Saturday, January 28, 2017


Reformation 500 WEEK 5: Luther’s 95 Theses
     Now that Luther’s soul was finally filled with peace, having been set free from slavery of trying to earn his salvation, he began to see the many abuses in the Church and boldly spoke out against them. The first abuse he addressed was indulgences.

     To understand indulgences, we need to understand the Roman Catholic sacrament of penance. Those who commit a mortal sin and lose the saving grace they received in baptism can be restored to a state of justification through penance. When one confesses his sins to a priest, he receives absolution (pardoning of sins and release from eternal punishment only), after which he must perform works of satisfaction (e.g. prayers, fasting, giving alms, going on a pilgrimage) to remove the temporal punishments of sin and be restored to a state of justification. If the faithful die without satisfying all the temporal penalties of sin, before they can enter heaven they must satisfy those penalties by suffering the purifying fires of purgatory.

     To make penance easier for people, and as a way to raise more money for the Church, the Pope signed letters of indulgences, which the penitent could buy to give himself and his loved ones a shorter stay in purgatory. The granting of indulgences was based on the doctrine of works of supererogation – works done beyond the demands of God’s law – which earned extra-merits and were laid up in heaven. Christ by His perfect holiness had done more than was necessary for the salvation of man. The saints also had added much to this overflowing treasury of merits. By drawing upon this fund in heaven, the Pope, as the treasurer, dispensed indulgences for money.

     Johann Tetzel (1465-1519), a Dominican friar and preacher, was the Grand Commissioner for indulgences in Germany. He was in the neighborhood of Wittenberg, shamelessly selling indulgences to help raise the equivalent of millions of dollars needed for Pope Leo X’s project to rebuild Rome’s Cathedral of St. Peter. Luther could not be silent. As a preacher, a pastor, and a professor, he felt it to be his duty to protest such abuse, for the people were being deceived for eternity!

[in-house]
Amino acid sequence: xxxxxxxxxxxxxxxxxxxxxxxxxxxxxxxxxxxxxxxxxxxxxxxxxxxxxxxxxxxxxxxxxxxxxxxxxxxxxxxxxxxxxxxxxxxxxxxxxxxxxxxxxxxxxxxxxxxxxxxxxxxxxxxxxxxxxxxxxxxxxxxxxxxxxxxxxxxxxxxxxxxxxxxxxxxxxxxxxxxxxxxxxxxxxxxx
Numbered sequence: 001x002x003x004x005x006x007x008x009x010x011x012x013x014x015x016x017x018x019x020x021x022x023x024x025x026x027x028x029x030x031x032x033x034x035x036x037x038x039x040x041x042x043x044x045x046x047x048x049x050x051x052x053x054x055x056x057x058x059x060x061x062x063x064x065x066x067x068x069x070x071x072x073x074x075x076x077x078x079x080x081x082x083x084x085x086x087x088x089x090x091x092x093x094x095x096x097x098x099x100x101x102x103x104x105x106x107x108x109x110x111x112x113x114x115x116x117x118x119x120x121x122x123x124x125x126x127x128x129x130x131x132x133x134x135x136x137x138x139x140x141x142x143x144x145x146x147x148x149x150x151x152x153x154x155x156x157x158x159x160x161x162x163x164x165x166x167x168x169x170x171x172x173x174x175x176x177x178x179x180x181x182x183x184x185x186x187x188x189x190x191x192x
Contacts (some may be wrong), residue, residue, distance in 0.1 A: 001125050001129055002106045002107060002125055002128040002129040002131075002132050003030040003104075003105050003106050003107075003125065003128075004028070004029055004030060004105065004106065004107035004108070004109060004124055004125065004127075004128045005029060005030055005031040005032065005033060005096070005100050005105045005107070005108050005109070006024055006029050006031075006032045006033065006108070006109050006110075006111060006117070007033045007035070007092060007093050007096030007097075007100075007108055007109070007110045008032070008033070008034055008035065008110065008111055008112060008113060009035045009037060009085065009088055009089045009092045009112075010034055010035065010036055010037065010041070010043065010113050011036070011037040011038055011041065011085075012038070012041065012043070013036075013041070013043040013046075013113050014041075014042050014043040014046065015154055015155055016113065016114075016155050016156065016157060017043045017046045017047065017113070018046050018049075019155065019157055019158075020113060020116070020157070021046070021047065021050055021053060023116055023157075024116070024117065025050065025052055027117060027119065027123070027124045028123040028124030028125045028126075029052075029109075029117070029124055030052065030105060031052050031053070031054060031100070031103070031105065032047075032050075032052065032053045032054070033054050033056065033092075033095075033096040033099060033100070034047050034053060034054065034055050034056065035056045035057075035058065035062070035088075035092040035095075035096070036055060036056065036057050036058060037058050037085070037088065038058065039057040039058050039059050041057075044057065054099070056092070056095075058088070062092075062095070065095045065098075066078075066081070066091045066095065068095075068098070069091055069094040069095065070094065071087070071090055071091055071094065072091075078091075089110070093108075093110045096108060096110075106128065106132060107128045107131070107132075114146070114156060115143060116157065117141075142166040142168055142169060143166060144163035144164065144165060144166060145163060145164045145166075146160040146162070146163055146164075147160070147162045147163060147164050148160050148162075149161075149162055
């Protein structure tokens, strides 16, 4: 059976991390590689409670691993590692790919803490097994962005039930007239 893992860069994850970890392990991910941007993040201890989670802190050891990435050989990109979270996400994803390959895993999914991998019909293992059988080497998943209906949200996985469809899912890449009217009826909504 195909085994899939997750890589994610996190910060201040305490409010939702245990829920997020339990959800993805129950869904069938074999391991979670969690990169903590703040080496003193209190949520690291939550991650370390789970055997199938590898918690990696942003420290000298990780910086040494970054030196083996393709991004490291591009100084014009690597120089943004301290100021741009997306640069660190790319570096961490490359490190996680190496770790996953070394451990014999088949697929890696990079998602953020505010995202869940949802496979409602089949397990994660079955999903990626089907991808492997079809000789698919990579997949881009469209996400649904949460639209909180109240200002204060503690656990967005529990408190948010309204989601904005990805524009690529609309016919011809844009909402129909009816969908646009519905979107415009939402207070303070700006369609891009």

On October 31, 1517, the eve of All Saints’ Day (one of the most frequented feasts), Martin Luther nailed his Ninety-Five Theses to the bulletin board on the door of the Castle church in Wittenberg. Out of love for the truth, he was inviting his students and other professors to debate the virtues of indulgences.

     “The first Thesis strikes the keynote: ‘Our Lord and Master when he says, Repent, desires that the whole life of believers should be a repentance…. Luther distinguishes, in the second Thesis, true repentance from the sacramental penance and understands it to be an internal state…rather than isolated external acts…. [Thesis 62] ‘The true treasury of the church is the holy gospel of the glory and grace of God’” (Schaff, 7:159). “Why doesn’t the pope empty purgatory for the sake of holy love and the dire need of the souls that are there if he redeems an infinite number of souls for the sake of miserable money with which to build a church?'' (Thesis 82).

     No one accepted Luther’s challenge, and no discussion took place. But the Theses, written in Latin, were copied, translated, and spread throughout Germany and Europe in a few weeks. “They had a tremendous and immediate effect. They almost stopped the sale of indulgences” (Kuiper, The Church in History, 165).  Almost.

NOTE: These Posts were written and  designed as bulletin inserts by Pastor David Fagrey of the Grace Reformed Church of Rapid City, SD .  

Here is a link to this blog entry as a bulletin insert:  Reformation500 Martin Luther's 95 Theses

For a double-sided PDF for easy printing: Reformation 500 Week 5

Official Seal of  the RCUS
This is the seal of the Reformed Church of the United States (RCUS).  As you can see its history goes back to 1748, when the RCUS began.  We celebrate with the 500th Anniversary of the Reformation we praise God for what is probably the most amazing spiritual revival in the history of the world.

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